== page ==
joran_ddply <- function(d) ddply(d,.(f1,f2,f3),
                                 summarise,y.mean = mean(y),y.var = var(y))

formula_aggregate <- function(d) {
  aggregate(y~f1*f2*f3,data=d,
            FUN=function(x) c(mean=mean(x),var=var(x)))
}

ramnath_datatable <- function(d) {
  d[,list(avg_y = mean(y), var_y = var(y)), 'f1,f2,f3']
}

key_agg_datatable <- function(d) {
  setkey(d2,f1,f2,f3)
  d[,list(avg_y = mean(y), var_y = var(y)), 'f1,f2,f3']
}

one_key_datatable <- function(d) {
  setkey(d2,f1)
  d[,list(avg_y = mean(y), var_y = var(y)), 'f1,f2,f3']
}

including_3key_datatable <- function(d) {
  d[,list(avg_y = mean(y), var_y = var(y)), 'f1,f2,f3']
}

dwin_hmisc <- function(d) {summary(y ~ interaction(f3,f2,f1), 
                                   data=d, method="response", 
                                   fun=function(y) c(mean.y=mean(y) ,var.y=var(y) ))
}

require(rbenchmark)
benchmark(joran_ddply(d),
          joshulrich_aggregate(d),
          ramnath_datatable(d2),
          including_3key_datatable(d3),
          one_key_datatable(d2),
          key_agg_datatable(d2),
          formula_aggregate(d),
          dwin_hmisc(d)
          )

#                         test replications elapsed relative user.self sys.self
#                dwin_hmisc(d)          100 1757.28  252.121   1590.89   165.65
#         formula_aggregate(d)          100  433.56   62.204    390.83    42.50
# including_3key_datatable(d3)          100    7.00    1.004      6.02     0.98
#               joran_ddply(d)          100  173.39   24.877    119.35    53.95
#      joshulrich_aggregate(d)          100  328.51   47.132    307.14    21.22
#        key_agg_datatable(d2)          100   24.62    3.532     19.13     5.50
#        one_key_datatable(d2)          100   29.66    4.255     22.28     7.34
#        ramnath_datatable(d2)          100    6.97    1.000      5.96     1.01
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I find the doBy package has some very convenient functions for things like this. For example, the function ?summaryBy is quite handy. Consider:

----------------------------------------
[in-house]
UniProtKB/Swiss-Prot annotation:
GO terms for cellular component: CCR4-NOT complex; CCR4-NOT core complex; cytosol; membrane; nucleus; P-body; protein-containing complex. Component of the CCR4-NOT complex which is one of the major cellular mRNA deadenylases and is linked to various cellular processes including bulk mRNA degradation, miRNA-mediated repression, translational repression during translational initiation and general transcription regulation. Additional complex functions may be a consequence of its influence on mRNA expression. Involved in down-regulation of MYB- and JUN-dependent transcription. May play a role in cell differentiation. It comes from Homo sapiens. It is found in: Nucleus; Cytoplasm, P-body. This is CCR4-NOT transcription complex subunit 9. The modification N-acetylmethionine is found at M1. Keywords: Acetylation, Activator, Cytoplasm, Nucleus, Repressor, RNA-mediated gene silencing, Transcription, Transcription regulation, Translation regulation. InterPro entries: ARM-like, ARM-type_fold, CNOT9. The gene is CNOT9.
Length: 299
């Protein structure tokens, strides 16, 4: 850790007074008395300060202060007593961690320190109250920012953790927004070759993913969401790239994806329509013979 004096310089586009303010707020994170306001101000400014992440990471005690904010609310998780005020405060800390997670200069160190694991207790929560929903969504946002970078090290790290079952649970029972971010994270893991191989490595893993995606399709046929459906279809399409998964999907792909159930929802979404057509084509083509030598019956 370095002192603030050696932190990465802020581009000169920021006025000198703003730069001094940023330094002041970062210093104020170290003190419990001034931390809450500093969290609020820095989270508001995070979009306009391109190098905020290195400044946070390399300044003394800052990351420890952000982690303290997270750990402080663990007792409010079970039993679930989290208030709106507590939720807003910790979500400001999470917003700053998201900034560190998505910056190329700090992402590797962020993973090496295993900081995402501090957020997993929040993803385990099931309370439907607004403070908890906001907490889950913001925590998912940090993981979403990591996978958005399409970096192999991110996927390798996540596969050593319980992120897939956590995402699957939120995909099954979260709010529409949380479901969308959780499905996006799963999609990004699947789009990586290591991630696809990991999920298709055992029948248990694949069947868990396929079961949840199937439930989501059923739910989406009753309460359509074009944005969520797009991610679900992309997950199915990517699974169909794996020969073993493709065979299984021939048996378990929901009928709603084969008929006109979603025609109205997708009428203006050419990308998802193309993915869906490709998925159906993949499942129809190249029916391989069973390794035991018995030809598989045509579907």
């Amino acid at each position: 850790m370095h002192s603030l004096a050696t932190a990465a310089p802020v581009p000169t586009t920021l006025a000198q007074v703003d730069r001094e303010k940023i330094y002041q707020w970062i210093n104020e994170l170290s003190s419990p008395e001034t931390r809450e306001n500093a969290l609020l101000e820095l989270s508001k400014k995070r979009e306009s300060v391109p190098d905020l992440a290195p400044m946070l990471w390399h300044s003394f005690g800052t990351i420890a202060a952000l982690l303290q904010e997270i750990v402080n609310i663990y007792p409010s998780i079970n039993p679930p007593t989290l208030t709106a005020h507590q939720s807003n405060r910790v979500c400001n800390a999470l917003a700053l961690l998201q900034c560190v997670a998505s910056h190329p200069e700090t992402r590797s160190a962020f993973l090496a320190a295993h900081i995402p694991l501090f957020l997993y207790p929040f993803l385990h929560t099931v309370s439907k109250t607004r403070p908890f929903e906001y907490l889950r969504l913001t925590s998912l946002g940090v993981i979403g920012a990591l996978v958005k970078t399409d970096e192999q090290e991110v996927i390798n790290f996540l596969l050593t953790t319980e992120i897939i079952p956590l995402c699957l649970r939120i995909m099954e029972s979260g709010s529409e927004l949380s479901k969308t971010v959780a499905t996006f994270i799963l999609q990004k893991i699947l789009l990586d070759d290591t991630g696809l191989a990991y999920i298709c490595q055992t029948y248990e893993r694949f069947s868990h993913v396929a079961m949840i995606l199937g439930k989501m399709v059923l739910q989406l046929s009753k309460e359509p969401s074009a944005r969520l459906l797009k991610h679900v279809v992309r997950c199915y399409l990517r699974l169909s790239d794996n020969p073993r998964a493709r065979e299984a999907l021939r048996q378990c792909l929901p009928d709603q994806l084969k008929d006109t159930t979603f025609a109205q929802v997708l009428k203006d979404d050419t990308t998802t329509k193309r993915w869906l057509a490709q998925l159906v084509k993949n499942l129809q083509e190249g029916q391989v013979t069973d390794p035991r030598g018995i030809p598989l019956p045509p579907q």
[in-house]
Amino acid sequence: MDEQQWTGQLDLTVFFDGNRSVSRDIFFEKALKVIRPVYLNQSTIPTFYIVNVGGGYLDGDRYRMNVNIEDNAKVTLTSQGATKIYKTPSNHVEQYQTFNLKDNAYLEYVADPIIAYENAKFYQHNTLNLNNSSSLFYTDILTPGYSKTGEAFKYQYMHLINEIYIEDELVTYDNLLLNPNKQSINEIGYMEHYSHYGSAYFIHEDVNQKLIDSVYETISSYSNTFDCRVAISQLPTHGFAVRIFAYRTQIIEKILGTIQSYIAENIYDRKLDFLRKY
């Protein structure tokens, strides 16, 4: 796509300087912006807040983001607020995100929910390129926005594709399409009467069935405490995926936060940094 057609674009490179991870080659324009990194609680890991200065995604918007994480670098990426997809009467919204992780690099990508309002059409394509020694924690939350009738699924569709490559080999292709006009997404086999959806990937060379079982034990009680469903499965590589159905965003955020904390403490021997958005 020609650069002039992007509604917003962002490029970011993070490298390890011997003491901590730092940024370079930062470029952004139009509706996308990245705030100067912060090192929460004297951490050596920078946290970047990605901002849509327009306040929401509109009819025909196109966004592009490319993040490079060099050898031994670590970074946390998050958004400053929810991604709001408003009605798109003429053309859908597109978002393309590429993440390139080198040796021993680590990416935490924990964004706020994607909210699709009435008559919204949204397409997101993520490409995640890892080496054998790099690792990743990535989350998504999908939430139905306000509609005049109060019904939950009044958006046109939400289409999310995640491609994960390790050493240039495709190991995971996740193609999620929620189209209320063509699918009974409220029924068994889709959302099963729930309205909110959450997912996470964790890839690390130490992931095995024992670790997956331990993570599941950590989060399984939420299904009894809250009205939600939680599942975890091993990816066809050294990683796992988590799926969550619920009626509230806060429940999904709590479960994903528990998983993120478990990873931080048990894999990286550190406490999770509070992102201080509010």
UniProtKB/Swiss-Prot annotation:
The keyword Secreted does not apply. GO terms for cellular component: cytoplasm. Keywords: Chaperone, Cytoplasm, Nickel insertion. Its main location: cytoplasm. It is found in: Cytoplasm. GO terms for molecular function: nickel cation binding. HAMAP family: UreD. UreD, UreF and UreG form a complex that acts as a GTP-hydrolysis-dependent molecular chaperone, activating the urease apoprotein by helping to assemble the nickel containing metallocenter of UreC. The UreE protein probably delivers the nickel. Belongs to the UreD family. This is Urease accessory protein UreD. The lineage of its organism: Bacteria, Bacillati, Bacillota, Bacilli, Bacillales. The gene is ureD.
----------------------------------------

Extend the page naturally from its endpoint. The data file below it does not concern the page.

> summaryBy(y~f1+f2+f3, data=d, FUN=c(mean, var))
   f1 f2  f3    y.mean       y.var
1   A  a   I 0.6502307 0.095379578
2   A  a  II 0.4876630 0.110796695
3   A  a III 0.3102926 0.202805677
4   A  b   I 0.3914084 0.058693103
5   A  b  II 0.5257355 0.218631264
6   A  b III 0.3356860 0.079433136
7   A  c   I 0.3367841 0.079487973
8   A  c  II 0.6273320 0.041373836
9   A  c III 0.4532720 0.022779672
10  B  a   I 0.6688221 0.044184575
11  B  a  II 0.5514724 0.020359289
12  B  a III 0.6389354 0.104056229
13  B  b   I 0.5052346 0.138379070
14  B  b  II 0.3933283 0.050261804
15  B  b III 0.5953874 0.161943989
16  B  c   I 0.3490460 0.079286849
17  B  c  II 0.5534569 0.207381592
18  B  c III 0.4652424 0.187463143
19  C  a   I 0.3340988 0.004994589
20  C  a  II 0.3970315 0.126967554
21  C  a III 0.3580250 0.066769484
22  C  b   I 0.7676858 0.124945402
23  C  b  II 0.3613772 0.182689385
24  C  b III 0.4175562 0.095933470
25  C  c   I 0.3592491 0.039832864
26  C  c  II 0.7882591 0.084271963
27  C  c III 0.3936949 0.085758343

So the function call is simple, easy to use, and I would say, elegant.

Now, if your primary concern is speed, it seems that it would be reasonable--at least with smaller sized tasks (note that I couldn't get the ramnath_datatable function to work for whatever reason):

                     test replications elapsed relative user.self 
4           dwin_hmisc(d)          100    0.50    2.778      0.50 
3    formula_aggregate(d)          100    0.23    1.278      0.24 
5       gung_summaryBy(d)          100    0.34    1.889      0.35 
1          joran_ddply(d)          100    1.34    7.444      1.32 
2 joshulrich_aggregate(d)          100    0.18    1.000      0.19 
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And here is a solution using Hadley Wickham's new dplyr library.

library(dplyr)
d %>% group_by(f1, f2, f3) %>% 
summarise(y.mean = mean(y), z.mean = mean(z))